Speaking of problematic rhetorical performances, I hope to improve on my last one.
Levi Bryant has a couple interesting posts on rhetoric, politics, and ethics. As I was (not very successfully) trying to consider in my last post, I am seeing a growing engagement with Latour, OOO, and related theories on these topics. Sometimes this becomes an opportunity for critique, and elsewhere it is an application of nonhuman, OOO, and SR concepts. I have seen both of these moves result in difficulties as they move from concept into method.
A theory of politics and/or ethics begins with cognition and agency. That is, both politics and ethics are about making choices and acting upon them. These have obviously been a primary concern of rhetoric, both as a practice and as a discipline. I.e., how do I persuade my audience to take a particular political action or to view a particular choice as the ethical one? Latour makes a direct connection between these rhetorical concerns and objects in his articulation of an object-oriented democracy. I have been thinking about this for some time in terms of a Delanda-inflected assemblage theory. I see similiar thinking in Levi's discussion of populations, paths, and channels in his post on rhetoric. When we discuss, for example, the future of academic publication, we are raising these issues. We recognize that ideas are not ethereal. They are composed in particular assemblages and they are then mediated through assemblages. Thus, we need to examine the role of objects in our political and ethical deliberations.
But that is not nearly enough. If we continue to think of rhetoric, politics and ethics as human activities that are affected by objects, we have misunderstood the most important point here. The most important point is that rhetoric, politics, and ethics are not ours. In this respect, the first gesture of a flat ontological assemblage theory is that cognition and agency (and hence rhetoric, politics, and ethics as we practice them) are not the capstone rewards of human rationality or a divine gift, given over only to us and for us. Perhaps there isn't panpsychism, but we cannot assert that every object except for us operates by some brute mechanics. In fact, it is that predominant Modern view that has brought us to a situation where we see ourselves as increasingly mechanical. So this assemblage perspective is about tipping in the other direction. As Levi points out in his most recent post on Harman, withdrawal is at the center of OOO and offers a basis for agency: no object can be fully dominated by another; there is always hope and opportunity for agency.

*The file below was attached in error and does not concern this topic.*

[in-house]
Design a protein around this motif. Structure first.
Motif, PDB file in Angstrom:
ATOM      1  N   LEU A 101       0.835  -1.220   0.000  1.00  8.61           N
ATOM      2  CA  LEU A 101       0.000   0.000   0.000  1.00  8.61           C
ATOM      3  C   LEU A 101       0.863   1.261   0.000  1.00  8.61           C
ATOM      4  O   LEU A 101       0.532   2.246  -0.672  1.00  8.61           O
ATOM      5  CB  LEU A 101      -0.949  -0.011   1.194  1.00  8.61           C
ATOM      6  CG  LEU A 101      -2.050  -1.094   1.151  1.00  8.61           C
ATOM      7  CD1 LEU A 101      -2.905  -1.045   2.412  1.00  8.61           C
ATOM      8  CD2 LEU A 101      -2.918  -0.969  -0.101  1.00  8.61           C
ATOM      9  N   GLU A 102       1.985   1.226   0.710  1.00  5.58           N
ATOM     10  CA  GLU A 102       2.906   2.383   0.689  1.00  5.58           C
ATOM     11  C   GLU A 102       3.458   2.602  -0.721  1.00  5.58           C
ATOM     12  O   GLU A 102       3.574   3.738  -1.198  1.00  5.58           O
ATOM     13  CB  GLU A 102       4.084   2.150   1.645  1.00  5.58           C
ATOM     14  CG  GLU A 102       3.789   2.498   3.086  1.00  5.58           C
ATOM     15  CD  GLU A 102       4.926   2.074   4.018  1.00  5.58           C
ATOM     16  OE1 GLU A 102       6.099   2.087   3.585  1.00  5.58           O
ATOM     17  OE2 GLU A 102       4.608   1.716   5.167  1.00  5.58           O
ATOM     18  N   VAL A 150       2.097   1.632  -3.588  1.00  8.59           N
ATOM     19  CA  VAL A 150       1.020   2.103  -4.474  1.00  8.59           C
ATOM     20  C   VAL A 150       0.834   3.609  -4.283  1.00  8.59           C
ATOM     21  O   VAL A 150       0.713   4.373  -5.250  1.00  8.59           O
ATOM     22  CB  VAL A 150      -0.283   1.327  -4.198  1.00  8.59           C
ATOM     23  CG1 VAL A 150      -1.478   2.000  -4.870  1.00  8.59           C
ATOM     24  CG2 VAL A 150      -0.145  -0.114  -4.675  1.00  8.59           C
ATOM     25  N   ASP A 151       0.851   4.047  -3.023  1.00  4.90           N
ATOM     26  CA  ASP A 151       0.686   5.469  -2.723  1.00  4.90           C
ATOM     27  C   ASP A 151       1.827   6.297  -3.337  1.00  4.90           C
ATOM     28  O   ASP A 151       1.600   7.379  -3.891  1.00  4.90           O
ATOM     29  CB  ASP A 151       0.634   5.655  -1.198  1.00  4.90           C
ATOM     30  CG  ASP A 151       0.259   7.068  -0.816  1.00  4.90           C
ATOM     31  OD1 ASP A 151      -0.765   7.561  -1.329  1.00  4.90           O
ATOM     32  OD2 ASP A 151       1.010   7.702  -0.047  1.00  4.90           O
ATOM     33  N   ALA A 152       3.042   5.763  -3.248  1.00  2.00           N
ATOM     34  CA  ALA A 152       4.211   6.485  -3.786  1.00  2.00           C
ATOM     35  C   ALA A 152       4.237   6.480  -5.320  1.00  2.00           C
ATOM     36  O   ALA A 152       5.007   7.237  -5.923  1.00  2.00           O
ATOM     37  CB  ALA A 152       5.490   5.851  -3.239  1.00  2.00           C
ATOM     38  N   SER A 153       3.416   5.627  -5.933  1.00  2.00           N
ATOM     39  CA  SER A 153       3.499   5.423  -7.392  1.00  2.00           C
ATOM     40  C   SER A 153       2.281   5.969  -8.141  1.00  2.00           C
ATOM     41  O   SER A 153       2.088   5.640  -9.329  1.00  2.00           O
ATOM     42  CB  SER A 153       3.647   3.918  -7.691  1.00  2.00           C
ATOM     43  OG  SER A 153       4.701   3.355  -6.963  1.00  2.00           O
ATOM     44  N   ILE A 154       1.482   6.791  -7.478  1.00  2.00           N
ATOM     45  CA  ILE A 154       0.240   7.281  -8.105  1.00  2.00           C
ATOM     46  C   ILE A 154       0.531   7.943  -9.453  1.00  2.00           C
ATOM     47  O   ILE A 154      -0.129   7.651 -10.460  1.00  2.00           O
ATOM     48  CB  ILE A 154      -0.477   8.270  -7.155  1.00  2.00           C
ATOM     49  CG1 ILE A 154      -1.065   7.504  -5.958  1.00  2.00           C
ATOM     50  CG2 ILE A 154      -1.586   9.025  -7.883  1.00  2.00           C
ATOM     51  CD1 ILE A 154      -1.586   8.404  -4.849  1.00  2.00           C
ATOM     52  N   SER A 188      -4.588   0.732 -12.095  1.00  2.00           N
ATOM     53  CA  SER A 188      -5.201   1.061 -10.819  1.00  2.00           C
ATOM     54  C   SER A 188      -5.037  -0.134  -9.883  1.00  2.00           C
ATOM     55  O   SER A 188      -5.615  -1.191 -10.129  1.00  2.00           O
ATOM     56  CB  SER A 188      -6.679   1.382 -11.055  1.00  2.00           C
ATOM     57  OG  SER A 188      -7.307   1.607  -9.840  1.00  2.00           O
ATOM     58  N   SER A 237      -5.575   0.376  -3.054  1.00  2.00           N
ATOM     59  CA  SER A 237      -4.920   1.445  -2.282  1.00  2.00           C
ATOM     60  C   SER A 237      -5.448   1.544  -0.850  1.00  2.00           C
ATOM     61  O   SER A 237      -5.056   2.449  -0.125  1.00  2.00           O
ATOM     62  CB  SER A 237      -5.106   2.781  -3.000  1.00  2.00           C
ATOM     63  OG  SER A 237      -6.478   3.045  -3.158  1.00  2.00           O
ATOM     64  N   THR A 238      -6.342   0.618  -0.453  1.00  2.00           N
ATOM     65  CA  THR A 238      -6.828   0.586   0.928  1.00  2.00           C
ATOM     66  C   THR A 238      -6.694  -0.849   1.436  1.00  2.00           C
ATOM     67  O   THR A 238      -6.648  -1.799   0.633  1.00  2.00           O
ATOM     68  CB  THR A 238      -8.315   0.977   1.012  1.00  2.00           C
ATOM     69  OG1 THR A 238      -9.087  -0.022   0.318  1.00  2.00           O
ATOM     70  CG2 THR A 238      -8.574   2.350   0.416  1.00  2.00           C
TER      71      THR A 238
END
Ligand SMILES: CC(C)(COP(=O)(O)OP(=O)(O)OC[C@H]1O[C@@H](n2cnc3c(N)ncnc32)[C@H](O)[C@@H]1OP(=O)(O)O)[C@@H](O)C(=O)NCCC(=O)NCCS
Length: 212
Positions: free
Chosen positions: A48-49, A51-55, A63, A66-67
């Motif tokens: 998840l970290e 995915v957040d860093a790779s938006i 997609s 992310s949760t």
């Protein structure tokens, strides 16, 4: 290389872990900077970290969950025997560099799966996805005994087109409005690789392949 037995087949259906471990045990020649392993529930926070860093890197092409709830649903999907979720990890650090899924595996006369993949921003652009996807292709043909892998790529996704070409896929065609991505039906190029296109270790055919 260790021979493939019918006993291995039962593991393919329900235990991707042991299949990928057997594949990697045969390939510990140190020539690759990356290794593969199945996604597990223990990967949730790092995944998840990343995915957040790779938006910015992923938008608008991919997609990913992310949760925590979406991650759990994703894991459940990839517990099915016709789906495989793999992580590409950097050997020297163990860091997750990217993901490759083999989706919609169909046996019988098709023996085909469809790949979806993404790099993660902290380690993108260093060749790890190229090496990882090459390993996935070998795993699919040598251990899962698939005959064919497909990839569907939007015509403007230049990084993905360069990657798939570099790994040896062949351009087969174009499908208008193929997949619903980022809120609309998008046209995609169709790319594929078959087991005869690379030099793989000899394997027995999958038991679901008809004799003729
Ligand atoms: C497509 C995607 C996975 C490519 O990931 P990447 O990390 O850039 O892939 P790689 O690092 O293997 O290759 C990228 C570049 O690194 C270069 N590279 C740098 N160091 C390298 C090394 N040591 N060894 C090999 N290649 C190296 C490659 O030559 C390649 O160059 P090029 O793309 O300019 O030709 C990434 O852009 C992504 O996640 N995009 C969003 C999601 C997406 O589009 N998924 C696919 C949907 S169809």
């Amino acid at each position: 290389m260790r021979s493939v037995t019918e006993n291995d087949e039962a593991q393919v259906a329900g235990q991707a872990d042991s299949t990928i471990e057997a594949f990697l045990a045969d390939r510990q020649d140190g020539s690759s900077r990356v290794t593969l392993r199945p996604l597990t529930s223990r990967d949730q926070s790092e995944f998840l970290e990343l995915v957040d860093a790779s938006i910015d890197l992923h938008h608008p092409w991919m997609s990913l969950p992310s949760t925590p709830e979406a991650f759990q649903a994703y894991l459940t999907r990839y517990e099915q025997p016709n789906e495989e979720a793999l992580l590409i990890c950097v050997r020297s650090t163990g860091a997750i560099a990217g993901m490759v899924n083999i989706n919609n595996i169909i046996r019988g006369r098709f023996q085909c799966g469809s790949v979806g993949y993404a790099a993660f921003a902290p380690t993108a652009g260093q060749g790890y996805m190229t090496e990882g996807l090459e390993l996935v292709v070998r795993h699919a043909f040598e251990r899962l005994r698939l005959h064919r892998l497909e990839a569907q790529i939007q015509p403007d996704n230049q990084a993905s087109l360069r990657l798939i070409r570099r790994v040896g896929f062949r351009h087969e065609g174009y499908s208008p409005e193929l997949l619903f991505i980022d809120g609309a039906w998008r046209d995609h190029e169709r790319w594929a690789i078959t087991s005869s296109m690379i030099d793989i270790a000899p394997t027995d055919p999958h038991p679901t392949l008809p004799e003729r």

We typically say that rhetoric, politics, and ethics require agency and cognition. However, as we extend these beyond a human domain, we might consider if the opposite is true or if these are somehow co-emergent phenomena. In any case, a more general theory of rhetoric–an object-oriented or nonhuman rhetoric (which is also inclusive of humans, so maybe nonhuman is not a good word choice here)–might offer us a valuable view on contemporary rhetorical challenges, one that is not available from the perspectives offered by our modern, print-centric view. So that's the long-term political-ethical payoff, I suppose. But we can't just leap to that.